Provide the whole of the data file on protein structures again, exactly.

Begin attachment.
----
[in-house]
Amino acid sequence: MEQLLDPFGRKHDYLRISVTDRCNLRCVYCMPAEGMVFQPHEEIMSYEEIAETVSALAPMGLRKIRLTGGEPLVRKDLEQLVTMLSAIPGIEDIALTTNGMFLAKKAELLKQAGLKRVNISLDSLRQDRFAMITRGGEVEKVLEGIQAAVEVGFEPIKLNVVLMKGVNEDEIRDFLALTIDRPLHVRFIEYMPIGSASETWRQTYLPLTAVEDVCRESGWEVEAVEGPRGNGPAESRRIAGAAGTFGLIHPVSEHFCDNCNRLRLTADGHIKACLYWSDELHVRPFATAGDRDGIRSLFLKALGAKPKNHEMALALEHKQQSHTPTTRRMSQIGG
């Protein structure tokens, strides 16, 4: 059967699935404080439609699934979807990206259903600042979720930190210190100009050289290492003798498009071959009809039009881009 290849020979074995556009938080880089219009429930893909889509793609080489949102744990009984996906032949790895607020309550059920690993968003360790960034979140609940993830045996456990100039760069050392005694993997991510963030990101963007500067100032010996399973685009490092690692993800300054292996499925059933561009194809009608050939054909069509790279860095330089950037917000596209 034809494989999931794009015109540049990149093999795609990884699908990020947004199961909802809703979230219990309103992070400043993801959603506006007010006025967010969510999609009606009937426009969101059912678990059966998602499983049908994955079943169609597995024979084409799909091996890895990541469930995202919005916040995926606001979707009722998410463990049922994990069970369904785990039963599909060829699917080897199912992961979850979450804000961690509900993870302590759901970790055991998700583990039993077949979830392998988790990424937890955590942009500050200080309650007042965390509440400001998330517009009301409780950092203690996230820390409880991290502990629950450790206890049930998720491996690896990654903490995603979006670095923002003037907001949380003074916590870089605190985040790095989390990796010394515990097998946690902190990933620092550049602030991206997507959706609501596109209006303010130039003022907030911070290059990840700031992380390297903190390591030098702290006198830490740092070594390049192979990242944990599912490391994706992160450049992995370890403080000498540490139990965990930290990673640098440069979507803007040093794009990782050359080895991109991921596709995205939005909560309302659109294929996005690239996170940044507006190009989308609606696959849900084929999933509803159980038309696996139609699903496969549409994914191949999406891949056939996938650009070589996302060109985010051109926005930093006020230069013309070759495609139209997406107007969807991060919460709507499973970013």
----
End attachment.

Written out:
[in-house]
Amino acid sequence: MEQLLDPFGRKHDYLRISVTDRCNLRCVYCMPAEGMVFQPHEEIMSYEEIAETVSALAPMGLRKIRLTGGEPLVRKDLEQLVTMLSAIPGIEDIALTTNGMFLAKKAELLKQAGLKRVNISLDSLRQDRFAMITRGGEVEKVLEGIQAAVEVGFEPIKLNVVLMKGVNEDEIRDFLALTIDRPLHVRFIEYMPIGSASETWRQTYLPLTAVEDVCRESGWEVEAVEGPRGNGPAESRRIAGAAGTFGLIHPVSEHFCDNCNRLRLTADGHIKACLYWSDELHVRPFATAGDRDGIRSLFLKALGAKPKNHEMALALEHKQQSHTPTTRRMSQIGG
């Protein structure tokens, strides 16, 4: 059967699935404080439609699934979807990206259903600042979720930190210190100009050289290492003798498009071959009809039009881009 290849020979074995556009938080880089219009429930893909889509793609080489949102744990009984996906032949790895607020309550059920690993968003360790960034979140609940993830045996456990100039760069050392005694993997991510963030990101963007500067100032010996399973685009490092690692993800300054292996499925059933561009194809009608050939054909069509790279860095330089950037917000596209 034809494989999931794009015109540049990149093999795609990884699908990020947004199961909802809703979230219990309103992070400043993801959603506006007010006025967010969510999609009606009937426009969101059912678990059966998602499983049908994955079943169609597995024979084409799909091996890895990541469930995202919005916040995926606001979707009722998410463990049922994990069970369904785990039963599909060829699917080897199912992961979850979450804000961690509900993870302590759901970790055991998700583990039993077949979830392998988790990424937890955590942009500050200080309650007042965390509440400001998330517009009301409780950092203690996230820390409880991290502990629950450790206890049930998720491996690896990654903490995603979006670095923002003037907001949380003074916590870089605190985040790095989390990796010394515990097998946690902190990933620092550049602030991206997507959706609501596109209006303010130039003022907030911070290059990840700031992380390297903190390591030098702290006198830490740092070594390049192979990242944990599912490391994706992160450049992995370890403080000498540490139990965990930290990673640098440069979507803007040093794009990782050359080895991109991921596709995205939005909560309302659109294929996005690239996170940044507006190009989308609606696959849900084929999933509803159980038309696996139609699903496969549409994914191949999406891949056939996938650009070589996302060109985010051109926005930093006020230069013309070759495609139209997406107007969807991060919460709507499973970013």